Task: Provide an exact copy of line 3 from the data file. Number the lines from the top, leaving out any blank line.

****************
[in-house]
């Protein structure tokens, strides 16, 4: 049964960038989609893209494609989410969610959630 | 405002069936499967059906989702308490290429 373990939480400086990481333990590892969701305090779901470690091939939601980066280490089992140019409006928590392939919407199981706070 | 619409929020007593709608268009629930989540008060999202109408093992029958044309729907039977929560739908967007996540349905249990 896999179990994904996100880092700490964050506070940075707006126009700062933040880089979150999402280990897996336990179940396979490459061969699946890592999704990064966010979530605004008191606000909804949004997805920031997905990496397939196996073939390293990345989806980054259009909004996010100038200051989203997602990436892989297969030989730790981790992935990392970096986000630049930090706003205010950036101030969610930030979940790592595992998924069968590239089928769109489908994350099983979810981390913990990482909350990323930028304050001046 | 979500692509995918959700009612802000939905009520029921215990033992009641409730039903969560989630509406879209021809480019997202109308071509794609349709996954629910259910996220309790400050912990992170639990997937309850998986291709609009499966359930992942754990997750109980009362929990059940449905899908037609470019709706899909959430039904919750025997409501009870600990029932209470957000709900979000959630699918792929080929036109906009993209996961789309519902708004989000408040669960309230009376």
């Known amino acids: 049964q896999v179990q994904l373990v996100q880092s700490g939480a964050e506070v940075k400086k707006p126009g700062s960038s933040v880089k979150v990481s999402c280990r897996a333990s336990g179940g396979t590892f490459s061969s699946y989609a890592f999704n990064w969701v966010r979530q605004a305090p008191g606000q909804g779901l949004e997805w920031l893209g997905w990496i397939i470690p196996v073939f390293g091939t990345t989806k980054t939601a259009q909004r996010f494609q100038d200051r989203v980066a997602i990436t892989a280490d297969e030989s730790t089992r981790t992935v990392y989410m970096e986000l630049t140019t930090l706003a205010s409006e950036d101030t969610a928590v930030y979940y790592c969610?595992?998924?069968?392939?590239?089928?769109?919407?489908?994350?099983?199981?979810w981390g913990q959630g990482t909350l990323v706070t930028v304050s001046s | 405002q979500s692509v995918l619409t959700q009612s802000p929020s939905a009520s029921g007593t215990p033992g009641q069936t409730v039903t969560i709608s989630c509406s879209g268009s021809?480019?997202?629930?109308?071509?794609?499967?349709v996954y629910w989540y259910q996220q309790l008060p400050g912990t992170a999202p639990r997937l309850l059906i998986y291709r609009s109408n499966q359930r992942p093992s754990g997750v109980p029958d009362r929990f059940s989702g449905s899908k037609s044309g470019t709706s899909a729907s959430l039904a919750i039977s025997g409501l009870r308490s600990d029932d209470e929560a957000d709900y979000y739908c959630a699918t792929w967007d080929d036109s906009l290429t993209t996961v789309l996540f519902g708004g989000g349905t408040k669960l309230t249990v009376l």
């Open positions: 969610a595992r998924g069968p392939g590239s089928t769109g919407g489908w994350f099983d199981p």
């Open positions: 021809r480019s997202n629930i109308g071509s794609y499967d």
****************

């Known amino acids: 049964q896999v179990q994904l373990v996100q880092s700490g939480a964050e506070v940075k400086k707006p126009g700062s960038s933040v880089k979150v990481s999402c280990r897996a333990s336990g179940g396979t590892f490459s061969s699946y989609a890592f999704n990064w969701v966010r979530q605004a305090p008191g606000q909804g779901l949004e997805w920031l893209g997905w990496i397939i470690p196996v073939f390293g091939t990345t989806k980054t939601a259009q909004r996010f494609q100038d200051r989203v980066a997602i990436t892989a280490d297969e030989s730790t089992r981790t992935v990392y989410m970096e986000l630049t140019t930090l706003a205010s409006e950036d101030t969610a928590v930030y979940y790592c969610?595992?998924?069968?392939?590239?089928?769109?919407?489908?994350?099983?199981?979810w981390g913990q959630g990482t909350l990323v706070t930028v304050s001046s | 405002q979500s692509v995918l619409t959700q009612s802000p929020s939905a009520s029921g007593t215990p033992g009641q069936t409730v039903t969560i709608s989630c509406s879209g268009s021809?480019?997202?629930?109308?071509?794609?499967?349709v996954y629910w989540y259910q996220q309790l008060p400050g912990t992170a999202p639990r997937l309850l059906i998986y291709r609009s109408n499966q359930r992942p093992s754990g997750v109980p029958d009362r929990f059940s989702g449905s899908k037609s044309g470019t709706s899909a729907s959430l039904a919750i039977s025997g409501l009870r308490s600990d029932d209470e929560a957000d709900y979000y739908c959630a699918t792929w967007d080929d036109s906009l290429t993209t996961v789309l996540f519902g708004g989000g349905t408040k669960l309230t249990v009376l």